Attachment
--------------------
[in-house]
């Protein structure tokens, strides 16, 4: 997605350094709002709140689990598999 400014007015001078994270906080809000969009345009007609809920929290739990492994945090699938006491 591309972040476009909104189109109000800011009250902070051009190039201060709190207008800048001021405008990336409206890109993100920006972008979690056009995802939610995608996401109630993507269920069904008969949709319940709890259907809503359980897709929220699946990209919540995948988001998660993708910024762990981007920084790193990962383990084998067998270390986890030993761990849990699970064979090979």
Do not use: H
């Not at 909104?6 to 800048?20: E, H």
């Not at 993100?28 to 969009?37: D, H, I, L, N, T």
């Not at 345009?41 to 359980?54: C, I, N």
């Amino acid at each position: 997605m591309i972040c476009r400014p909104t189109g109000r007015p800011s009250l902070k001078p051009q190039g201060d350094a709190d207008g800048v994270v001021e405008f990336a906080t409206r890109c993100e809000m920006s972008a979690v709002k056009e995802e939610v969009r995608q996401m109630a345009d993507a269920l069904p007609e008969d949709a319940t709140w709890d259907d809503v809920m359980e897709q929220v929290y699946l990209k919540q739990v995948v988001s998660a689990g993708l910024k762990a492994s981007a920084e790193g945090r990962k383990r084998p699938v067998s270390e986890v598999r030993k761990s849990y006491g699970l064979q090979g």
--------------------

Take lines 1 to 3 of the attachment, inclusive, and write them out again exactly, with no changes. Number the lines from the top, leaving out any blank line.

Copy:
[in-house]
């Protein structure tokens, strides 16, 4: 997605350094709002709140689990598999 400014007015001078994270906080809000969009345009007609809920929290739990492994945090699938006491 591309972040476009909104189109109000800011009250902070051009190039201060709190207008800048001021405008990336409206890109993100920006972008979690056009995802939610995608996401109630993507269920069904008969949709319940709890259907809503359980897709929220699946990209919540995948988001998660993708910024762990981007920084790193990962383990084998067998270390986890030993761990849990699970064979090979």
Do not use: H